Partitioning Drives Architectural Considerations

Experts at the Table, part 1: When and how do chip architects prioritize partitioning?


There are multiple reasons for design partitioning. One is complexity, because it’s faster and simpler to divide and conquer, particularly with third-party IP. A second reason involves power, where it may be more efficient to divide up functionality so each function be right-sized. A third involves performance, where memory utilization and processing can be split up according to functional prioritization. There are also different types of partitioning.

Semiconductor Engineering sat down to explore these issues with Raymond Nijssen, vice president of system engineering at Achronix; Andy Ladd, CEO at Baum; Dave Kelf, chief marketing officer at Breker; Rod Metcalfe, product management group director in the Digital & Signoff Group at Cadence; Mark Olen, product marketing group manager at Mentor, A Siemens Business; Tom Anderson, technical marketing consultant at OneSpin; and Drew Wingard, CTO at Sonics. What follows are excerpts of that discussion.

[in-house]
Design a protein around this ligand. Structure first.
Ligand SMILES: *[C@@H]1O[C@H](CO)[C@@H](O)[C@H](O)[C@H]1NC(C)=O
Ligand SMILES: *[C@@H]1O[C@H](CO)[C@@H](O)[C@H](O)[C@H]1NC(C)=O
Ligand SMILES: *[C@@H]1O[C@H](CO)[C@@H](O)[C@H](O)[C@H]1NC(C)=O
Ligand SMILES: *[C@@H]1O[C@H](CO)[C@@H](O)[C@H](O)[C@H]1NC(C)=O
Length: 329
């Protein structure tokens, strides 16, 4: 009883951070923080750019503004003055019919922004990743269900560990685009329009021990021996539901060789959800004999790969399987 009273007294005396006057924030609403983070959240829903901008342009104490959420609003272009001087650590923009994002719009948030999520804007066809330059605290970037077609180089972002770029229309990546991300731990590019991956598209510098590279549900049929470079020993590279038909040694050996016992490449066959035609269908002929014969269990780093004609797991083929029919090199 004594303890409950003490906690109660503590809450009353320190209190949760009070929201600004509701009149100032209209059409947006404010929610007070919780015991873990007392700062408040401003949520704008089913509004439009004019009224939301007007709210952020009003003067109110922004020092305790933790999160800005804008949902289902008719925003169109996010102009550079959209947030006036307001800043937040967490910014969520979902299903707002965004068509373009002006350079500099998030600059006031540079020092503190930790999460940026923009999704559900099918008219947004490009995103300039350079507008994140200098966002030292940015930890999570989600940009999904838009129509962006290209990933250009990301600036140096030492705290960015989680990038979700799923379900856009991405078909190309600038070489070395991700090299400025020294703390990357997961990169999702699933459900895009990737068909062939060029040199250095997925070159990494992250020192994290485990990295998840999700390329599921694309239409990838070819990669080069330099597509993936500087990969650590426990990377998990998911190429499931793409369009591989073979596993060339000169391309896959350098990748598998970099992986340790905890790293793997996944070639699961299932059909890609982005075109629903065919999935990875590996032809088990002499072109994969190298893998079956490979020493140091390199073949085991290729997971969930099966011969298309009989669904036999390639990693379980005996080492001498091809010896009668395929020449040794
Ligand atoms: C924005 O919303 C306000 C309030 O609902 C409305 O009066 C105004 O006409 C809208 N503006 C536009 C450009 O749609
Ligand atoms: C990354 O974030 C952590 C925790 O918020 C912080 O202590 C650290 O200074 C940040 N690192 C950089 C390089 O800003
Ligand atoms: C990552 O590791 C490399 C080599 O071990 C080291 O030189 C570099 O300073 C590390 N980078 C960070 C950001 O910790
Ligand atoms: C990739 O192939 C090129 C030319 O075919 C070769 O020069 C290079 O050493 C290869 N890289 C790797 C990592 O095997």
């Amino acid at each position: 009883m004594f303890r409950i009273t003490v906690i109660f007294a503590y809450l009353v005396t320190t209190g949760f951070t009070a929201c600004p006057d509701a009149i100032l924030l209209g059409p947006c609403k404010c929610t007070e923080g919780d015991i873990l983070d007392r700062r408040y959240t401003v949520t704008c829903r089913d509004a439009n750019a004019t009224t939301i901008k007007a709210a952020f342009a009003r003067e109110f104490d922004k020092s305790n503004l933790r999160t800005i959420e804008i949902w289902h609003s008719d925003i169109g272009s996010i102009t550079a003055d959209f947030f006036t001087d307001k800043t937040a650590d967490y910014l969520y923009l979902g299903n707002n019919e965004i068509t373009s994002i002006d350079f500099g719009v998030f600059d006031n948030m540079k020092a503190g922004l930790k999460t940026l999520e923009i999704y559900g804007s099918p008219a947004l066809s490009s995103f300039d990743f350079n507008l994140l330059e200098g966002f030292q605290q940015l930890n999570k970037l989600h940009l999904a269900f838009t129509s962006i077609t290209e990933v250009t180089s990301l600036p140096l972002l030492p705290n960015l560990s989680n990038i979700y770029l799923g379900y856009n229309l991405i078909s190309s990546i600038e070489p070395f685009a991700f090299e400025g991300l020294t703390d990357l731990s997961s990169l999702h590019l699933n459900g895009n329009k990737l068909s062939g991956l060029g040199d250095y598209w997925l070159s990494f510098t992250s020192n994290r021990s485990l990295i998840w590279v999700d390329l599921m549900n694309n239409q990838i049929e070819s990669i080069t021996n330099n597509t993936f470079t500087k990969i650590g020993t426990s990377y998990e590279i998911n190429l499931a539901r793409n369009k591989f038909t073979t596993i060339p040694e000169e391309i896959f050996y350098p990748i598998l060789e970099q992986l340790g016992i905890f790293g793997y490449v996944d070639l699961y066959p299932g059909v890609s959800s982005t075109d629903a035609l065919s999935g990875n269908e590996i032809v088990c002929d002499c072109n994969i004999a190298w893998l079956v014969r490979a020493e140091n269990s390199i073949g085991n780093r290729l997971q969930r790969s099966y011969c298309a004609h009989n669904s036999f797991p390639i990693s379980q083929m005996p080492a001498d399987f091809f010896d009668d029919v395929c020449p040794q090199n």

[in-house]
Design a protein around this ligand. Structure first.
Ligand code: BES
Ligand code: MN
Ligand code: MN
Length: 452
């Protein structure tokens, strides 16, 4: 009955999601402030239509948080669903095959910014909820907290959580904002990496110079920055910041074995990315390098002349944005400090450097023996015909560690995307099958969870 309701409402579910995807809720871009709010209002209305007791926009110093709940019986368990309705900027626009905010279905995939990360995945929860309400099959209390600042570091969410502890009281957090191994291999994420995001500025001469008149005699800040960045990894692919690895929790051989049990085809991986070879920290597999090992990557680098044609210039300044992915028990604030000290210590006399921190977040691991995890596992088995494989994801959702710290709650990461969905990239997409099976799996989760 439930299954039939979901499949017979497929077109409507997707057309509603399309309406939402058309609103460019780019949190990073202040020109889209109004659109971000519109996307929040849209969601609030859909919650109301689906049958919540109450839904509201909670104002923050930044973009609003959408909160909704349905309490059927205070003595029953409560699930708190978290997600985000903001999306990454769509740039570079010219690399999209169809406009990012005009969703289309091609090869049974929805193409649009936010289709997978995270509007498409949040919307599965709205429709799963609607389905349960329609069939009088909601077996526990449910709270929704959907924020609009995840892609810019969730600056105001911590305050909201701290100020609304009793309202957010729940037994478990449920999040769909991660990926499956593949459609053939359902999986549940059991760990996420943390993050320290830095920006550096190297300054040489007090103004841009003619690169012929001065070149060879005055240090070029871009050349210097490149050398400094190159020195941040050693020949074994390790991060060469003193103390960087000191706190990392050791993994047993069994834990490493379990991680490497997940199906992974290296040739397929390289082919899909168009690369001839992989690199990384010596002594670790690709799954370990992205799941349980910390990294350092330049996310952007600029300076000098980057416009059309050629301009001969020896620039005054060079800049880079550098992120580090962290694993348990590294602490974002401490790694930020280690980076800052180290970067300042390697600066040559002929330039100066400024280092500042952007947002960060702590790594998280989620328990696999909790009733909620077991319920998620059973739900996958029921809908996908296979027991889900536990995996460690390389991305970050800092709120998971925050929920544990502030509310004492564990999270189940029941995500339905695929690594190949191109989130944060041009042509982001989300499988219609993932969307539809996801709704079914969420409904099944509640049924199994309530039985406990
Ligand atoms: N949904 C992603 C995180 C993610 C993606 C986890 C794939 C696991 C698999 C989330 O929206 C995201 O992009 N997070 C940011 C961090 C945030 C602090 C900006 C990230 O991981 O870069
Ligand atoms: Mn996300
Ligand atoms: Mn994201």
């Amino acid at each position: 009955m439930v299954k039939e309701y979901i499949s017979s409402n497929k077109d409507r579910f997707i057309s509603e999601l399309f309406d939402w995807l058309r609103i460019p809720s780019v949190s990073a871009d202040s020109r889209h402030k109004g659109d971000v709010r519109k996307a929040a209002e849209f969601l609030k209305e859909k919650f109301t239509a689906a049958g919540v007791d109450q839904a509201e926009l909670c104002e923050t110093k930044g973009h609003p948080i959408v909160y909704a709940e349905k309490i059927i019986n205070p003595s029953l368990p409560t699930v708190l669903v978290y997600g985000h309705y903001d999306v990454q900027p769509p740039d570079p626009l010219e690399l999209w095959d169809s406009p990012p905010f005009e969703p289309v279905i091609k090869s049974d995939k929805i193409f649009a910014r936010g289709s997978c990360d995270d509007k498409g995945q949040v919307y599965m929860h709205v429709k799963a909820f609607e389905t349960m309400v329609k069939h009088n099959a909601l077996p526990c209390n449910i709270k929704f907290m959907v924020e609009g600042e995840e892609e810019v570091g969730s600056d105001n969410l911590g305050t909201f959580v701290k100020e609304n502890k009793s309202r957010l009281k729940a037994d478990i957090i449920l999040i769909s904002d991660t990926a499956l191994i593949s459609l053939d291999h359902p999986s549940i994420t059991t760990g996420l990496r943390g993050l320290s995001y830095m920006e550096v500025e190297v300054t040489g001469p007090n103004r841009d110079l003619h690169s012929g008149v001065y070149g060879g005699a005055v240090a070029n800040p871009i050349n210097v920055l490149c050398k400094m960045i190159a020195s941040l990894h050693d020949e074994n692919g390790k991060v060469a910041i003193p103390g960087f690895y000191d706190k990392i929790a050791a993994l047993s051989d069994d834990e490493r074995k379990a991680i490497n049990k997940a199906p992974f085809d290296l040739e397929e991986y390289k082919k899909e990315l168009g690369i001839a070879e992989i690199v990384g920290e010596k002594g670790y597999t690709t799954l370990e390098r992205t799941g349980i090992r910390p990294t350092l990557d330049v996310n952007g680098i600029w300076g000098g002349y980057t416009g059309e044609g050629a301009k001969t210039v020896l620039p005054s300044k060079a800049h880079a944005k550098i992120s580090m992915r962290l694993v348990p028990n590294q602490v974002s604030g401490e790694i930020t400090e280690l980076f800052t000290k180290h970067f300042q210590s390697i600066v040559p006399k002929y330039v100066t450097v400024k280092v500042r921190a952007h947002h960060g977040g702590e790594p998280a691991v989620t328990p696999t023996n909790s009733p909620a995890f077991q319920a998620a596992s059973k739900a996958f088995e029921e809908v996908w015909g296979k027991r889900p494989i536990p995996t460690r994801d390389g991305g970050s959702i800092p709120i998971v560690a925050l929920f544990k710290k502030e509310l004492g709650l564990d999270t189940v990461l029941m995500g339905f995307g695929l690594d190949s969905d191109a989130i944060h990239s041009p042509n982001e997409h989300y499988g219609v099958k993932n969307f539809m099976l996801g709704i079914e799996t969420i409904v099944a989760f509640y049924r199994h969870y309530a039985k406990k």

SE: Partitioning is a really complicated topic because there are different types of partitioning. From a system level, how do you decide architecturally where to put what, how to divide the different pieces for a variety of reasons? When an architect is approaching a design, how do they prioritize decisions around partitioning?